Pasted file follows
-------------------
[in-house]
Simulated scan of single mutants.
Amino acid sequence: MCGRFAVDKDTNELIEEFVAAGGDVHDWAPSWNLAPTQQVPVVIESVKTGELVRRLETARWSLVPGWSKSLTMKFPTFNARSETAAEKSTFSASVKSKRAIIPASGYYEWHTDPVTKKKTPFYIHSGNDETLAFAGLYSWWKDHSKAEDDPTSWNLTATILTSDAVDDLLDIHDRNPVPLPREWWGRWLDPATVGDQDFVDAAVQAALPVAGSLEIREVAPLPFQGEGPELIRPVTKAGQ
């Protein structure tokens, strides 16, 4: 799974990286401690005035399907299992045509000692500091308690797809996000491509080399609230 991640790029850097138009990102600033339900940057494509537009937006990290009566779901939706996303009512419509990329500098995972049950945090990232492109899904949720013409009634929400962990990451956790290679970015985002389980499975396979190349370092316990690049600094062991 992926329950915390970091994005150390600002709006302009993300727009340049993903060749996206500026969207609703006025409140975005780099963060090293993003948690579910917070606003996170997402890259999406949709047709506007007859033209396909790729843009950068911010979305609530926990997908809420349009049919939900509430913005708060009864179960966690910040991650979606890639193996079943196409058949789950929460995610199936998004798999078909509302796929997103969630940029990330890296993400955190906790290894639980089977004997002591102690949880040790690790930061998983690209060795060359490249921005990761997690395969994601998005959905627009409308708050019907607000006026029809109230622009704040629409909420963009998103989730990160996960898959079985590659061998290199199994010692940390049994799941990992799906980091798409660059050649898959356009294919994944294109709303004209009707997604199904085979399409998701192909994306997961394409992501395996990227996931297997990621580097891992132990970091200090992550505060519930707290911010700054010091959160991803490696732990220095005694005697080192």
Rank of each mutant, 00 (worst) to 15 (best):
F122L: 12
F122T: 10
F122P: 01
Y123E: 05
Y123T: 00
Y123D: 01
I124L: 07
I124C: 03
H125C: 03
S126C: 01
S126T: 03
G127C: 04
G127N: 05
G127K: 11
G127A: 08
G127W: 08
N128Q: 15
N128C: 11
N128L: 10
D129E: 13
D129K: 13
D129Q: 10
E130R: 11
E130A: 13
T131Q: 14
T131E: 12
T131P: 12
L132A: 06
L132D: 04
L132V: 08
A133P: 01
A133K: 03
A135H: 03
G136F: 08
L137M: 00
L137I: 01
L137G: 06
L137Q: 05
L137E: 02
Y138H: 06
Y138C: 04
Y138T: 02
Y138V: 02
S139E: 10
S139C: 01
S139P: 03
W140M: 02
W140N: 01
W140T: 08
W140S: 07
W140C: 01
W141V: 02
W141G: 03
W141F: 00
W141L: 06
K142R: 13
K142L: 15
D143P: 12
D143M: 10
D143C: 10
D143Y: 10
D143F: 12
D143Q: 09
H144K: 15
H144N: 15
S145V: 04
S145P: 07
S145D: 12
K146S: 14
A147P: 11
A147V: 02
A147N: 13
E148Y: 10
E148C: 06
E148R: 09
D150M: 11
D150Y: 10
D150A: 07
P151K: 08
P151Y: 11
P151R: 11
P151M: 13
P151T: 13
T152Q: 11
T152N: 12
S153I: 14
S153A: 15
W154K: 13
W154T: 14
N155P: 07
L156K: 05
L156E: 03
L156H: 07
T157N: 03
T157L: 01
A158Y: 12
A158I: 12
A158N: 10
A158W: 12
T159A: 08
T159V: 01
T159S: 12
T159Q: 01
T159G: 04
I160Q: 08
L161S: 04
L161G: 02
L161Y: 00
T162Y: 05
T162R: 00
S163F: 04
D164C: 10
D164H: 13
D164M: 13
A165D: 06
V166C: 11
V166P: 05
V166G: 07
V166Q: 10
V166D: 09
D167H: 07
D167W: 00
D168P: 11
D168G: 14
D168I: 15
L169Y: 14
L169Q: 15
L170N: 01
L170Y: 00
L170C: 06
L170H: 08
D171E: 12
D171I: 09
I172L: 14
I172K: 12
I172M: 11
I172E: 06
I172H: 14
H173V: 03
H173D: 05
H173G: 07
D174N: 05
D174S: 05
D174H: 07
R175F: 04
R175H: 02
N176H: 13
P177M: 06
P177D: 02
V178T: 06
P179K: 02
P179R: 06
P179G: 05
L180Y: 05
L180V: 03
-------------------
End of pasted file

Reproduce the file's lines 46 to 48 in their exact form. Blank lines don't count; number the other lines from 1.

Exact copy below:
Y138C: 04
Y138T: 02
Y138V: 02